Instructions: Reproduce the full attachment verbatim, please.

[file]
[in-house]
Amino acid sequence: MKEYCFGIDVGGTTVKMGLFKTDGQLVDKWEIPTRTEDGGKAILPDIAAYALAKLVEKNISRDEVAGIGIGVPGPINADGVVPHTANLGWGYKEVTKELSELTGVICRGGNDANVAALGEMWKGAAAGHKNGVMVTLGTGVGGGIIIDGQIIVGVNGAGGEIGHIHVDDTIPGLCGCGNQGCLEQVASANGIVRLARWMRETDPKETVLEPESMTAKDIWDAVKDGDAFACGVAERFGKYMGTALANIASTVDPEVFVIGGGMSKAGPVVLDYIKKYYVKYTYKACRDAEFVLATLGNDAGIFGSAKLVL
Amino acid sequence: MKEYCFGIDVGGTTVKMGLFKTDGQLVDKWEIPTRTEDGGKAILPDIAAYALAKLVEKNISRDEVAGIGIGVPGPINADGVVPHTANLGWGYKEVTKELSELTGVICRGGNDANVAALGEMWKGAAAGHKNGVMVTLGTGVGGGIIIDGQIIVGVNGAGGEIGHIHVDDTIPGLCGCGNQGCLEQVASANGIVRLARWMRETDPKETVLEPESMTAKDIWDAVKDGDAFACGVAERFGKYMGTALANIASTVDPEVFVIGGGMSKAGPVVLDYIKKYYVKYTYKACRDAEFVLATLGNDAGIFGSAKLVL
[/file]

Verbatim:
[in-house]
Amino acid sequence: MKEYCFGIDVGGTTVKMGLFKTDGQLVDKWEIPTRTEDGGKAILPDIAAYALAKLVEKNISRDEVAGIGIGVPGPINADGVVPHTANLGWGYKEVTKELSELTGVICRGGNDANVAALGEMWKGAAAGHKNGVMVTLGTGVGGGIIIDGQIIVGVNGAGGEIGHIHVDDTIPGLCGCGNQGCLEQVASANGIVRLARWMRETDPKETVLEPESMTAKDIWDAVKDGDAFACGVAERFGKYMGTALANIASTVDPEVFVIGGGMSKAGPVVLDYIKKYYVKYTYKACRDAEFVLATLGNDAGIFGSAKLVL
Amino acid sequence: MKEYCFGIDVGGTTVKMGLFKTDGQLVDKWEIPTRTEDGGKAILPDIAAYALAKLVEKNISRDEVAGIGIGVPGPINADGVVPHTANLGWGYKEVTKELSELTGVICRGGNDANVAALGEMWKGAAAGHKNGVMVTLGTGVGGGIIIDGQIIVGVNGAGGEIGHIHVDDTIPGLCGCGNQGCLEQVASANGIVRLARWMRETDPKETVLEPESMTAKDIWDAVKDGDAFACGVAERFGKYMGTALANIASTVDPEVFVIGGGMSKAGPVVLDYIKKYYVKYTYKACRDAEFVLATLGNDAGIFGSAKLVL